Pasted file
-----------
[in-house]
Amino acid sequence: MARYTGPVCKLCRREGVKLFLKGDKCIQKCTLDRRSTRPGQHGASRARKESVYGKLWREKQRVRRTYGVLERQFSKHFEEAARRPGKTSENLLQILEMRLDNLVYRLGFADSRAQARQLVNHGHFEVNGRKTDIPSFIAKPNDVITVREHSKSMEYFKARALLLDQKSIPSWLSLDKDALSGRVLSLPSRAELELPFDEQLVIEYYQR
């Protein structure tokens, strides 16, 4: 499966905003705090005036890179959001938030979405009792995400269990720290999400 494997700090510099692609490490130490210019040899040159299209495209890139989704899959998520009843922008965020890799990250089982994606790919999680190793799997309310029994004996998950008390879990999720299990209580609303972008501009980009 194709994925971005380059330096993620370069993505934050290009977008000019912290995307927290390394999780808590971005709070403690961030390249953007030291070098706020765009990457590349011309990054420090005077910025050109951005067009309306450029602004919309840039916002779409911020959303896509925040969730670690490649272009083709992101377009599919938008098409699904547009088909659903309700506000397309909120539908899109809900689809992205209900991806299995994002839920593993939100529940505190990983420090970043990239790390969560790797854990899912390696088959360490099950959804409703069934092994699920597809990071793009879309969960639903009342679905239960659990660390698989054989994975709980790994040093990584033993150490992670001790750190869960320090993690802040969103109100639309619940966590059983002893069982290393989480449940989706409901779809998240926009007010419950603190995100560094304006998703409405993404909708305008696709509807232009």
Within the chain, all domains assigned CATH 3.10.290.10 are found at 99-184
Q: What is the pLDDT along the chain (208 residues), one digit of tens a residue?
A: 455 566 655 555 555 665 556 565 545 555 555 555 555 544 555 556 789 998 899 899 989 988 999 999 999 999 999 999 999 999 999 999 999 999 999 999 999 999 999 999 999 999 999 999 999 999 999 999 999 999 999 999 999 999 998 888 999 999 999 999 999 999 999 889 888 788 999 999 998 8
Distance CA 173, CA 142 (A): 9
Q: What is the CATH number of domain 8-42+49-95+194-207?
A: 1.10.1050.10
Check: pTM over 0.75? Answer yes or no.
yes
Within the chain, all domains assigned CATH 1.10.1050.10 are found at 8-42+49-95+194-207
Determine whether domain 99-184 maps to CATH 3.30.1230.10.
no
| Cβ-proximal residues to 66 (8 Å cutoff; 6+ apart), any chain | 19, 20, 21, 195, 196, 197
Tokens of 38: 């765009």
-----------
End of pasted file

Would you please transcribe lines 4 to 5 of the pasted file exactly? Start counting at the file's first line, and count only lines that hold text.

Within the chain, all domains assigned CATH 3.10.290.10 are found at 99-184
Q: What is the pLDDT along the chain (208 residues), one digit of tens a residue?